Whole country standstill with tears in eyes, Israel witness Holocaust Remembrance Day

News Bharati    06-May-2019

Jerusalem, May 6: Life in Israel comes to a standstill, tears in their eyes with a two-minute siren wailing across the country in remembrance of the six million Jewish victims of the Holocaust. Pedestrians stood in place, buses stopped on busy streets and cars pulled over on major roads, their drivers standing on the roads with their heads bowed. Holocaust Remembrance Day was observed in Israel.

Israeli Prime Minister Benjamin Netanyahu, Israeli President Reuven Rivlin, and other guests attended the opening ceremony of Israel's annual Holocaust Remembrance Day, at Yad Vashem, the Holocaust Memorial, in Jerusalem, Thursday, May 2, 2019. The somber day is also marked by ceremonies and memorials at schools and community centers. Restaurants and cafes close, and TV and radio stations play quiet music and Holocaust-themed programs.


In homes and businesses, people stopped what they were doing to pay homage to the victims of the Nazi genocide, in which a third of the world’s Jews were annihilated. The Holocaust runs deep in Israeli public consciousness. The state was established in 1948, three years after the genocide ended with the conclusion of the Second World War, as a place of refuge for Jews across the world.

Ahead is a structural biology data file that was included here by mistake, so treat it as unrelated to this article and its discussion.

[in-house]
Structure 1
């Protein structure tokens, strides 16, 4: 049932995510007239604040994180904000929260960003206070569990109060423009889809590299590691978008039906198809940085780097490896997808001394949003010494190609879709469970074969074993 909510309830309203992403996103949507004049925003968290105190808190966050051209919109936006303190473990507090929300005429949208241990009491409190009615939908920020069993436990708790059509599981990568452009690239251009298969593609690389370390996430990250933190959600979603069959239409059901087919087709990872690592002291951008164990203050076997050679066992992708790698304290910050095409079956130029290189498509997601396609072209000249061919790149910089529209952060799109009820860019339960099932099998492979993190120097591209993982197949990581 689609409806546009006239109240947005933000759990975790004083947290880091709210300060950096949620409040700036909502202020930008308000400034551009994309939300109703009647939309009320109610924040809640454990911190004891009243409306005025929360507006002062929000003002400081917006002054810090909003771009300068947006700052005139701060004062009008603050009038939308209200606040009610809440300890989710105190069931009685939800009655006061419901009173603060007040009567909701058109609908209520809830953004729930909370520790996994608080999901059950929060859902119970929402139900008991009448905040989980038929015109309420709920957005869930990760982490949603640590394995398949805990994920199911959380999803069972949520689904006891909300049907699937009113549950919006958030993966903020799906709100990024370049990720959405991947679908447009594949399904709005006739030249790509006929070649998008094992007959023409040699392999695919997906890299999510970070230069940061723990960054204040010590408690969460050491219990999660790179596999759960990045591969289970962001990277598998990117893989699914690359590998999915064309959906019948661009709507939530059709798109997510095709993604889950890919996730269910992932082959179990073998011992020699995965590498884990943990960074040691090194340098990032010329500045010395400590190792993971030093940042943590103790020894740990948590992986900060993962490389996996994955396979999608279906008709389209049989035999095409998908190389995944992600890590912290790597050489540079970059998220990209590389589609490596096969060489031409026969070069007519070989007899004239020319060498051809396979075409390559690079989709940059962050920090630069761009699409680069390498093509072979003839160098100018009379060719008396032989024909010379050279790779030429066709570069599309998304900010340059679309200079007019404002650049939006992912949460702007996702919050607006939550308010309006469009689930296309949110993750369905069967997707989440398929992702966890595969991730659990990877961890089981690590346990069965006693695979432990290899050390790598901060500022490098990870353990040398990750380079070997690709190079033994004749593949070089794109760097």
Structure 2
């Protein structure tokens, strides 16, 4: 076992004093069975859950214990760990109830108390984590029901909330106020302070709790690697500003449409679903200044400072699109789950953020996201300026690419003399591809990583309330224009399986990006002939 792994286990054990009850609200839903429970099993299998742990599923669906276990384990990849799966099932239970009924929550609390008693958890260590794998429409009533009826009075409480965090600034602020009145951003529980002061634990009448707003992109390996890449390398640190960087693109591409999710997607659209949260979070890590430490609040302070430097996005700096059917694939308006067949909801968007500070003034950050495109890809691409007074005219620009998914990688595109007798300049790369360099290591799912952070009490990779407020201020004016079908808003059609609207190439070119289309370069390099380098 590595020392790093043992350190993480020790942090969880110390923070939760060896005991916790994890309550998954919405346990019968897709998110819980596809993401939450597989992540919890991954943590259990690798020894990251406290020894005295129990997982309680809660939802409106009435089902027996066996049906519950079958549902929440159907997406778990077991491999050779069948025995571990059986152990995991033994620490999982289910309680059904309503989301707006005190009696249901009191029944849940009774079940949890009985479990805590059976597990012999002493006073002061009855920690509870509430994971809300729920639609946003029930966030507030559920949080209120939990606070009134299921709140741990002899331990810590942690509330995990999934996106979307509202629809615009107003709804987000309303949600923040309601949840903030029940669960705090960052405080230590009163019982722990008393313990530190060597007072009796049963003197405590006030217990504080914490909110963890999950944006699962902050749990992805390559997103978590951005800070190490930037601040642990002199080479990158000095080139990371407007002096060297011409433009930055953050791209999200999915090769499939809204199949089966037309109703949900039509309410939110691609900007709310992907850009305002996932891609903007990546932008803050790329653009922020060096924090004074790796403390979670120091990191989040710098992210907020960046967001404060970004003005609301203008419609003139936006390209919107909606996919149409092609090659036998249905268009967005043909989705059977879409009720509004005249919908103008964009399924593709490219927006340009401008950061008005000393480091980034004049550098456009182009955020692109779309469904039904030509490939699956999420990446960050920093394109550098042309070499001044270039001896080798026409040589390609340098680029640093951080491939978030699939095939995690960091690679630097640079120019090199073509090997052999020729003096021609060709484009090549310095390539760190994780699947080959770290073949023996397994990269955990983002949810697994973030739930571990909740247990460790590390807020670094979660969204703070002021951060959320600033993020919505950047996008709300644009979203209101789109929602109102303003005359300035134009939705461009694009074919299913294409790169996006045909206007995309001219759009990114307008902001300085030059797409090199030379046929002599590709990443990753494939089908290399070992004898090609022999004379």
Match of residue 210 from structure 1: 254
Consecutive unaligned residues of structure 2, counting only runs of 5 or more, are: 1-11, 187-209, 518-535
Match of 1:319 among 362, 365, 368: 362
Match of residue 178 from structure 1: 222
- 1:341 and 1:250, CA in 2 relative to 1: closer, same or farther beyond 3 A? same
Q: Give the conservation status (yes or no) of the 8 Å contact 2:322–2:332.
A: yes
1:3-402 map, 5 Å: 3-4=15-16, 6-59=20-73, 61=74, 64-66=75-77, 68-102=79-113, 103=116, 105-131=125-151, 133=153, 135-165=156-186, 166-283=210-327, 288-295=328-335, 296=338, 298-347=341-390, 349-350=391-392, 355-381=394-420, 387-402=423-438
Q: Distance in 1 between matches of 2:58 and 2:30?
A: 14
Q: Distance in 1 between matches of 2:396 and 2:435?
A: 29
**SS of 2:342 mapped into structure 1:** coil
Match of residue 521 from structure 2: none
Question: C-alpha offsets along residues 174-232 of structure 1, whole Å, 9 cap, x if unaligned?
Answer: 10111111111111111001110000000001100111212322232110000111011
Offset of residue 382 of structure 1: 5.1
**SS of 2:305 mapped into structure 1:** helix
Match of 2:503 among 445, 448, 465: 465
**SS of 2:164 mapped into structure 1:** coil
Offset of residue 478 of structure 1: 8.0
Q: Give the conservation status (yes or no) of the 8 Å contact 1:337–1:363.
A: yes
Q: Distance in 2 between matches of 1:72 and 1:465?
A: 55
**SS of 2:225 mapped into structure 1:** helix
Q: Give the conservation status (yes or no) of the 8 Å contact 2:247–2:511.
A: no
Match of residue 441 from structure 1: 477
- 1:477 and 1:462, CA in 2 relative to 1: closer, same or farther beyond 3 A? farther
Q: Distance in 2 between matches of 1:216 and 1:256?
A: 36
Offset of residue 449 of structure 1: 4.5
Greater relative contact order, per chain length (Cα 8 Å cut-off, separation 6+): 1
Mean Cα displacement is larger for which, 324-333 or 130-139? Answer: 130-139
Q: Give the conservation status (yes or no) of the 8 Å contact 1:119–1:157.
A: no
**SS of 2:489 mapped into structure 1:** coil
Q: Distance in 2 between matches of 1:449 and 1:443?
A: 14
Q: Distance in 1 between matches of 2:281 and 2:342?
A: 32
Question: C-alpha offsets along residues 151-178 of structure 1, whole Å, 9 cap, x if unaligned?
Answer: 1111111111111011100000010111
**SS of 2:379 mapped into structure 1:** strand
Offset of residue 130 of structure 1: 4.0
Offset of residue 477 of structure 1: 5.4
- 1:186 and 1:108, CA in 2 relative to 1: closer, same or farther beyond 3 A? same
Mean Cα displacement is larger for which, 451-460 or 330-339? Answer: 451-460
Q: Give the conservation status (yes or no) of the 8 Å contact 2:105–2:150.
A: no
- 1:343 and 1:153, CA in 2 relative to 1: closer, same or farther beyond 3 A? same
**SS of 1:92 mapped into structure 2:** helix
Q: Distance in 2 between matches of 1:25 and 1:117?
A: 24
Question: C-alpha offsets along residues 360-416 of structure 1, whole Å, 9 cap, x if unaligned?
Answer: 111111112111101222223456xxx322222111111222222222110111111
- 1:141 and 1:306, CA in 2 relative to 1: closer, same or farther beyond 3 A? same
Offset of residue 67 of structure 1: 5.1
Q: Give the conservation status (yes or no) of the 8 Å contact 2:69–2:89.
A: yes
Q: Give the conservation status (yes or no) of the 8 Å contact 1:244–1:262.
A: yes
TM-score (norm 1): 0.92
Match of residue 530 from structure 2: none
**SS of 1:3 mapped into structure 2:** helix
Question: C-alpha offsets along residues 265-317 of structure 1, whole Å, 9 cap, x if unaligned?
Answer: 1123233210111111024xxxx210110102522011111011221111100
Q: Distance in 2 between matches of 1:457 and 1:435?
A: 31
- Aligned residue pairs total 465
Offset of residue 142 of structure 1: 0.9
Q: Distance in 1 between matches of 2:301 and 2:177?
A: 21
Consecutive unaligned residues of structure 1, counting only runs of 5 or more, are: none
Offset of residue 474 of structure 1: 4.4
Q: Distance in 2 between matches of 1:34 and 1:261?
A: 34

Hundreds of thousands of Holocaust survivors who lost their families fled there and made it their home.


In 1933, the Jewish population of Europe stood at over nine million. Most European Jews lived in countries that Nazi Germany would occupy or influence during World War II. By 1945, the Germans and their collaborators killed nearly two out of every three European Jews as part of the "Final Solution," the Nazi policy to murder the Jews of Europe.

From March 1942 to November 1943, Operation Reinhard claimed the lives of 1.7 million people. But the bulk of the killing happened during September, October and November of 1942, Stone found.

The reason for the murderous surge can be traced to Adolf Hitler, as well as Heinrich Himmler, a high-ranking Nazi, who announced in July 1942 that almost every Jew in the General Government (German-occupied Poland) should be “liquidated” by the year's end. This order propelled Operation Reinhard forward.

In the aftermath of the Holocaust, many of the survivors found shelter in displaced persons (DP) camps administered by the Allied powers. Between 1948 and 1951, almost 700,000 Jews emigrated to Israel, including 136,000 Jewish displaced persons from Europe. Other Jewish DPs emigrated to the United States and other nations. The last DP camp closed in 1957.